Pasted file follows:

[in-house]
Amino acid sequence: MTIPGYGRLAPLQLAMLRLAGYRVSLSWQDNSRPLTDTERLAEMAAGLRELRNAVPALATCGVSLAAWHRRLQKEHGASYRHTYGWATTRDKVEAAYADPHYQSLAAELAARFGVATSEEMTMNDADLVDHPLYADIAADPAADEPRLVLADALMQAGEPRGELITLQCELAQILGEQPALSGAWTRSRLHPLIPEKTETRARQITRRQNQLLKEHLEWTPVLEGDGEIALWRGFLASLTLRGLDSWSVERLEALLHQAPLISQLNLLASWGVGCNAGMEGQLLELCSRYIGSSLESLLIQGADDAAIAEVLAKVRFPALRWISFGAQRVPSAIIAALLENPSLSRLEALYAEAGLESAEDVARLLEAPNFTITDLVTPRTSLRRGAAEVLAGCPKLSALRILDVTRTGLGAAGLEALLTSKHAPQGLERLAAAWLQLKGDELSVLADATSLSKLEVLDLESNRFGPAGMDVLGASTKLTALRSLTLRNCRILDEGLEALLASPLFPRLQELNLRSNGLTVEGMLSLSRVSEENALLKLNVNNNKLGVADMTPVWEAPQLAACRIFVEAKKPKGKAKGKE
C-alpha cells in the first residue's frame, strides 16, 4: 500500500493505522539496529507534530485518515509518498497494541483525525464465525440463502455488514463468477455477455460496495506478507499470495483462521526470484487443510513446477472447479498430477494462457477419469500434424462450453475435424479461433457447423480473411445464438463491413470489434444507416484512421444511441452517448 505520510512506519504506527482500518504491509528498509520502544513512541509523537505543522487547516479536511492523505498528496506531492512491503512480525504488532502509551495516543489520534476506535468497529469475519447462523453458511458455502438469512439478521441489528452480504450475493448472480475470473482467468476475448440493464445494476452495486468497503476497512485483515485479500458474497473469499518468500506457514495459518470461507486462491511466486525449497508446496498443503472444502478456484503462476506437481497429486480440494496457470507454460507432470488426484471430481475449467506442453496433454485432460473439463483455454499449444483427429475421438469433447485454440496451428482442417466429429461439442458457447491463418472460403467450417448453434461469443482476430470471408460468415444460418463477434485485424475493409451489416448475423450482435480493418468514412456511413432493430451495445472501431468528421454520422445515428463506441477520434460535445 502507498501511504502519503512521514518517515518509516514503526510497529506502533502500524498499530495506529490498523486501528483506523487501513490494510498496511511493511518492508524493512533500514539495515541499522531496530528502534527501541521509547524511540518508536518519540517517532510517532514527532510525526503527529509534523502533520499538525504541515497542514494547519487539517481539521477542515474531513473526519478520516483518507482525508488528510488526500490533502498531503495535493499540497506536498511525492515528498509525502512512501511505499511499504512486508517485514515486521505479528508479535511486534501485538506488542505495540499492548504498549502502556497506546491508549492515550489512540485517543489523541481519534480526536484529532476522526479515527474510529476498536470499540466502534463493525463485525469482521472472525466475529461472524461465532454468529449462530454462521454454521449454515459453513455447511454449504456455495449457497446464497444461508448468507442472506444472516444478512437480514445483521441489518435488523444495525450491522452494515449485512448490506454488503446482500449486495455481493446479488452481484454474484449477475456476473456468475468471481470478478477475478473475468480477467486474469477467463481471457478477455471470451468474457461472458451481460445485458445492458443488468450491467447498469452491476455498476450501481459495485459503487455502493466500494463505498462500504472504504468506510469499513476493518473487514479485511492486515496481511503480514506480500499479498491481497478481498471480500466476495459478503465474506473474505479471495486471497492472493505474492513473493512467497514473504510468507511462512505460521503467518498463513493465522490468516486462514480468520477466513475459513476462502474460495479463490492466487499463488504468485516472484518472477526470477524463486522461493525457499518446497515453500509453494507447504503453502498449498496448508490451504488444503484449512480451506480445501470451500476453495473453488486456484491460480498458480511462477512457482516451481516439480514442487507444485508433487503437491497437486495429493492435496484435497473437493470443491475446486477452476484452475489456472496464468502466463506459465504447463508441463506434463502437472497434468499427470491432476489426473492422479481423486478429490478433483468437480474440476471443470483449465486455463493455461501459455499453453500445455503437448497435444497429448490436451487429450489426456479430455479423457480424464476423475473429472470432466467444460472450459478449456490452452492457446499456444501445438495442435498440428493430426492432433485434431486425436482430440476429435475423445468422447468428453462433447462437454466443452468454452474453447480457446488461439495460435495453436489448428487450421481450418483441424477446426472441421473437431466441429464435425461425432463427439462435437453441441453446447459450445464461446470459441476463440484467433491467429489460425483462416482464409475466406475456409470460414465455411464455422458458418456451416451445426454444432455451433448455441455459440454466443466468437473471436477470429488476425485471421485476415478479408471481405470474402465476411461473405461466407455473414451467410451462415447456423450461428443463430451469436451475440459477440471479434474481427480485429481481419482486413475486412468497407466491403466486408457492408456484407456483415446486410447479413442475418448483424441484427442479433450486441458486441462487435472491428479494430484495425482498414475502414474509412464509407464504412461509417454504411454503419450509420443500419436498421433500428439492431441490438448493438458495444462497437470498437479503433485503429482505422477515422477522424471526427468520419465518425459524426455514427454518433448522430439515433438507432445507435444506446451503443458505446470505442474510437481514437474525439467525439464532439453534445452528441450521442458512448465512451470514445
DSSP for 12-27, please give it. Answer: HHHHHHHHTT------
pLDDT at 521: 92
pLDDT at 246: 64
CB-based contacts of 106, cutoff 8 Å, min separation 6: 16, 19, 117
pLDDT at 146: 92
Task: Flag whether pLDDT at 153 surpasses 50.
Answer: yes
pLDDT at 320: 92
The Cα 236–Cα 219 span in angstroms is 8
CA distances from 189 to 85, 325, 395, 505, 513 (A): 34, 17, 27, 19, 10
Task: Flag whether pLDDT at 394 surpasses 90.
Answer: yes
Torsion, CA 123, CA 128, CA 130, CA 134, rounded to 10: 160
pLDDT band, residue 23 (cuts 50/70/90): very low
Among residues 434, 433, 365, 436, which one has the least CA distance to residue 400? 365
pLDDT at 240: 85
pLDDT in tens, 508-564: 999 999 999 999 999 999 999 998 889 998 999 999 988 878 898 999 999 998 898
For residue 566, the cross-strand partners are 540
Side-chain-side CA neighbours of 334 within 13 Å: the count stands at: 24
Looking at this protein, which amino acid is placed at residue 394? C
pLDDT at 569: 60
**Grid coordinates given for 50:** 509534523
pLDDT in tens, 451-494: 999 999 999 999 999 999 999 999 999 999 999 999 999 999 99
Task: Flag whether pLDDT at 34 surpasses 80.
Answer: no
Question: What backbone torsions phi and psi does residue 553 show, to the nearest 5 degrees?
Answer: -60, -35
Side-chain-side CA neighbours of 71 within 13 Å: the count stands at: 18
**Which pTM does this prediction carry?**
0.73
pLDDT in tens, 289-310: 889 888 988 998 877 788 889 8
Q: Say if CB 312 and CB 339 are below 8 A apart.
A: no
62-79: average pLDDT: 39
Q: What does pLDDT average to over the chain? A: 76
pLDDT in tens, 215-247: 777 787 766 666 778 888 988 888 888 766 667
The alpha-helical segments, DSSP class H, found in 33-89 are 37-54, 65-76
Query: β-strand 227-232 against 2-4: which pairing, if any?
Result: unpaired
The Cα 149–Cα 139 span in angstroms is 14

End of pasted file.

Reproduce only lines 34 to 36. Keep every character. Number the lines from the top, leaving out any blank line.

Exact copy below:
pLDDT in tens, 289-310: 889 888 988 998 877 788 889 8
Q: Say if CB 312 and CB 339 are below 8 A apart.
A: no